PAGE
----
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Friday, February 10, 2017

Avoid Chess Clubs and Deciding on Correspondence Game Moves Tonight

     A full moon, lunar eclipse and a comet are coming tonight! It will start early Friday evening with February’s full moon, called the Snow Moon. See USA Today for maps and times HERE.
     Instead of seeing a traditional round circle lighting up the sky, people will observe a penumbral eclipse when the moon, sun and Earth align to create a subtle shadow. Penumbral eclipses can be difficult to see because they are less dramatic than a total or partial eclipse. But this one will likely appear as a dark shading across the moon’s surface.
     The name given to February’s full moon may be unfamiliar to some but it is ages old with a long history behind it. In North America, each monthly full moon takes on its own name which is usually related to changes in the weather or the seasons. Full moon names date back to Native Americans, where the tribes kept track of the seasons by naming each month’s full moon. European settlers went on to follow a similar custom while also creating some of their own names. February’s full moon is named for snow since it is usually the year’s snowiest month. 
     Because the lunar month is 29 days long on average, the dates of each full moon shift each year. This year, Friday the 10th to Saturday the 11th marks the date for the Snow Moon. Unlike events like the Blood Moon, the Snow Moon isn't a scientific phenomenon. 
     In the US people on the east coast will first be able to see the Earth’s shadow around 5:32 p.m., and the moon will grow dimmer over the next few hours and the eclipse will peak at 7:43 p.m. Eastern Time.  It should take another two hours for the moon to get back to normal and by 9:55 p.m. it will be completely outside Earth’s shadow. Check your local listing for times in your area. 
     Comet 45P, known as the New Year comet, was discovered in 1948 and has been making its way to earth since the end of 2016 and should be visible to the naked eye.  
     When the Moon is full, some people go crazy. It’s called the lunar effect. Is it a myth? The word lunatic comes from lunaticus, meaning “of the moon” or moonstruck. It was more a popular term during the late 1800’s, but not used much today. 
     People have theorized for thousands of years that the moon has all kinds of impacts from affecting fertility, crime rates to increased blood loss during surgery. Greek philosopher Aristotle and Roman historian Pliny the Elder suggested that the brain was the “moistest” organ in the body and therefore most susceptible to the influences of the moon. 
     Belief in the “lunar lunacy effect” or “Transylvania effect” persisted in Europe through the Middle Ages, when humans were reputed to turn into werewolves or vampires during a full moon. An increase in erratic behavior, suicides, homicides, emergency room visits, traffic accidents and even dog bites are attributed to a full moon. In 2007 several police departments in the UK even added officers on full-moon nights in an effort to cope with presumed higher crime rates.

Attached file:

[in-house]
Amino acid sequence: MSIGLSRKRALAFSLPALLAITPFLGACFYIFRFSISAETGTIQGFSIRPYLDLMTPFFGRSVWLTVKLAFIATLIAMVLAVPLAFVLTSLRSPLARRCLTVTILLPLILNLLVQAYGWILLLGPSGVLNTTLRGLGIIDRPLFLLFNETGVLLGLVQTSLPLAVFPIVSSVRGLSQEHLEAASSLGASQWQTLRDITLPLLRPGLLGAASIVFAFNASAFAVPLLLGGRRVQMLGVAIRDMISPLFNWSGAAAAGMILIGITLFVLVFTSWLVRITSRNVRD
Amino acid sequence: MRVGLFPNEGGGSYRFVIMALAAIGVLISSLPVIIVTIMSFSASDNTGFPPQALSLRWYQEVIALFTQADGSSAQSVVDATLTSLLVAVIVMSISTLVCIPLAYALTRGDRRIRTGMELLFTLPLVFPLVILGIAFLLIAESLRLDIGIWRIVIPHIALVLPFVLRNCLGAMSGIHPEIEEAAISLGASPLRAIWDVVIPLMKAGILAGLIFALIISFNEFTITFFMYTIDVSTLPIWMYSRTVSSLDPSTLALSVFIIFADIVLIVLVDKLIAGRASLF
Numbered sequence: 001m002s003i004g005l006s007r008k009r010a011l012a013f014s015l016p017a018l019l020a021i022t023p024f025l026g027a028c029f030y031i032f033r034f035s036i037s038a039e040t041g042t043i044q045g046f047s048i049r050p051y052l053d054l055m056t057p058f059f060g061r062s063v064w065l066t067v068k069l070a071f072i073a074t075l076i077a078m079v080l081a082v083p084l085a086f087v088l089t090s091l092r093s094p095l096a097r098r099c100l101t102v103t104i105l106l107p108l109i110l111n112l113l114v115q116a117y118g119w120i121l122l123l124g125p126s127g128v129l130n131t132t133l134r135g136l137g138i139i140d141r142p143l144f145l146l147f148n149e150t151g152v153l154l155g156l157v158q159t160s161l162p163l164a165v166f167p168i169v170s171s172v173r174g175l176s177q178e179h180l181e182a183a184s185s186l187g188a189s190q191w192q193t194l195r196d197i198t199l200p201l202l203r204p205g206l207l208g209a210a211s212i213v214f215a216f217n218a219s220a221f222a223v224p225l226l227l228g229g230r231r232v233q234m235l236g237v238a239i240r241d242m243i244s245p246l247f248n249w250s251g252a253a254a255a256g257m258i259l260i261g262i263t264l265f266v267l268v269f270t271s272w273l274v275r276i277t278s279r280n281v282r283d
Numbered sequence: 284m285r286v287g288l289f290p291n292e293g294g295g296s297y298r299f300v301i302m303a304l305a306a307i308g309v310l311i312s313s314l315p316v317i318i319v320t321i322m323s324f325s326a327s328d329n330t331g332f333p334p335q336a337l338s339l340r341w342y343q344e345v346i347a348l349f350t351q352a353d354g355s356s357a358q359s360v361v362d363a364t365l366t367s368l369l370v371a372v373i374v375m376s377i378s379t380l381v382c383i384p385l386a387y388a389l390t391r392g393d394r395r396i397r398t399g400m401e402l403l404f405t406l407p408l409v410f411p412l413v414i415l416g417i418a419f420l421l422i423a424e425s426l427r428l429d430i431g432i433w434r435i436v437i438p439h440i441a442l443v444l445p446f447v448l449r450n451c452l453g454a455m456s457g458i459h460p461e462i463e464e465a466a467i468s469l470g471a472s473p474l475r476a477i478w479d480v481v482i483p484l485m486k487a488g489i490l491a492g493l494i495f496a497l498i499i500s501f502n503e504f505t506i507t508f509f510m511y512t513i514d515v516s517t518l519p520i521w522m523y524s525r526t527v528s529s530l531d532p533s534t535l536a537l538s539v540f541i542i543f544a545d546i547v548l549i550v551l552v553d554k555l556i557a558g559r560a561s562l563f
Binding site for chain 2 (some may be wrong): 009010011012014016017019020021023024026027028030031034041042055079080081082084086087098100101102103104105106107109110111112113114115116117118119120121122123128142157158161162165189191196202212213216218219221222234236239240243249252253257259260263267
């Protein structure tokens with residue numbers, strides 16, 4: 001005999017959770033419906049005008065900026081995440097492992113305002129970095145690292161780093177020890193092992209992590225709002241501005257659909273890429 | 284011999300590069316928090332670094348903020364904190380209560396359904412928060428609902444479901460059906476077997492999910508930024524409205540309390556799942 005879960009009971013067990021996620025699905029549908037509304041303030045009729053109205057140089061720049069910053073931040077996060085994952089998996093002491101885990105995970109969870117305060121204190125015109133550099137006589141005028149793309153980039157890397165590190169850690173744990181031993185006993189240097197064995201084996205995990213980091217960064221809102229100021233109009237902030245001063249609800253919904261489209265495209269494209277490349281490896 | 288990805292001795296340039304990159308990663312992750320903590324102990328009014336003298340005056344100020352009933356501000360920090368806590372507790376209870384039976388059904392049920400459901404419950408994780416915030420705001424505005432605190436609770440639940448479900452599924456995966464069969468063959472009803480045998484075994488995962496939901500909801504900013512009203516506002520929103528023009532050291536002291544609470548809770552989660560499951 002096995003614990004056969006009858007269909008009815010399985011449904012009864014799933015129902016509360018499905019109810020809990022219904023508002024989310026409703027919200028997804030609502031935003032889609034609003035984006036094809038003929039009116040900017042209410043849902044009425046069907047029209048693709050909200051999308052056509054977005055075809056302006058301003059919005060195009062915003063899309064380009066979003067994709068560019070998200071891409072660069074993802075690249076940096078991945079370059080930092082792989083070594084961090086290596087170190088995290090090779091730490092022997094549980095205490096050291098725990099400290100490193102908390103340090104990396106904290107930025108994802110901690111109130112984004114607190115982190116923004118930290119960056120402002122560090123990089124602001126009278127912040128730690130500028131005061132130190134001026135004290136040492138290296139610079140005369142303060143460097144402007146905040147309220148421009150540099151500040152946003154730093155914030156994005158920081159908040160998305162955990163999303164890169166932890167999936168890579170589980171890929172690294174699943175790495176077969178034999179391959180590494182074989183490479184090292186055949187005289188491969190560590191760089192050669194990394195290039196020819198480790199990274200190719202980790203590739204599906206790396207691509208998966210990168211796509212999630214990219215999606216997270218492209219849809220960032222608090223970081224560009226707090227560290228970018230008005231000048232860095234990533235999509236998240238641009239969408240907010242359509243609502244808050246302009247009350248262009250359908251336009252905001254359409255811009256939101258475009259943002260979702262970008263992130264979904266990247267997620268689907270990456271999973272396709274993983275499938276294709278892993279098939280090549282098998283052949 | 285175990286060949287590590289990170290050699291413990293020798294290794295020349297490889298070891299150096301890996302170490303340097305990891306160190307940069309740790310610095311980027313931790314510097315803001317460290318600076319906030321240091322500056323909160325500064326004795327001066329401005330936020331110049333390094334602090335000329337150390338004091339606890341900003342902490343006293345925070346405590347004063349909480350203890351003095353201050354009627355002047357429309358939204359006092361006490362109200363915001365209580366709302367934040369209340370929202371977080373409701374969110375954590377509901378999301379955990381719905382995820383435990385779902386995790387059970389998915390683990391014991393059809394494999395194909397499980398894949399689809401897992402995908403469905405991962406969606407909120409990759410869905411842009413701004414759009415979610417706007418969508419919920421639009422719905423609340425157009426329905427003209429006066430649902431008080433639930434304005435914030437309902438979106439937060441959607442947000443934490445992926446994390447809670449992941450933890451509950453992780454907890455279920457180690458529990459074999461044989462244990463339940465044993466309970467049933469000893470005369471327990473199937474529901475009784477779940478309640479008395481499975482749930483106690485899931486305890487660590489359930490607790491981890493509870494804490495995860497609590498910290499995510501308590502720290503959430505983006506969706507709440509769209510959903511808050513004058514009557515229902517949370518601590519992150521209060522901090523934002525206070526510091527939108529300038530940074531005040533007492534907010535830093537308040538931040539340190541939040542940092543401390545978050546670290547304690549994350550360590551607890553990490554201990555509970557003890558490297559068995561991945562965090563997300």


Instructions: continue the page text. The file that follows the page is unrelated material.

Some claim it’s all a myth. They point out that even though we experience two high and two low tides every day, if the moon had any effect on the motion of blood in our bodies due to gravity, then you should experience a similar response in an elevator. 
     Full moons have nothing to do with its distance from the earth. The moon travels an elliptical orbit and n can be full and close (supermoon) or it can be full and farther away (minimoon). 
     Others have claimed it has nothing to do with gravity as such. Like Aristotle and Pliny the Elder, they claim the effect is the result of the full moon’s influence on water in the body, especially the brain. The full moon somehow disrupts the alignment of water molecules in the nervous system. 
     But, scientists claim the gravitational effects of the moon are far too minuscule to generate any meaningful effects on brain activity. Second, the moon’s gravitational force affects only open bodies of water, such as oceans and lakes, but not contained sources of water, such in jugs, bottles and the human brain. Third, the gravitational effect of the moon is just as potent during new moons when the moon is invisible to us as it is during full moons. 
     In 1985, scientists did a study looking at 37 separate research papers that studied the moon’s impact on people and found papers that demonstrated a correlation. They also found the "research" was riddle with errors. The naysayers claim we just notice more coincidences when there happens to be a full moon, but don’t notice notice them so much when the moon isn't full. It's Confirmation Bias at work. 
     The conclusion is that it is a scientific fact that full moons do not affect behavior. Still, science has been wrong before.  Just to be safe, I wouldn't play any chess tonight...you might make a blunder.

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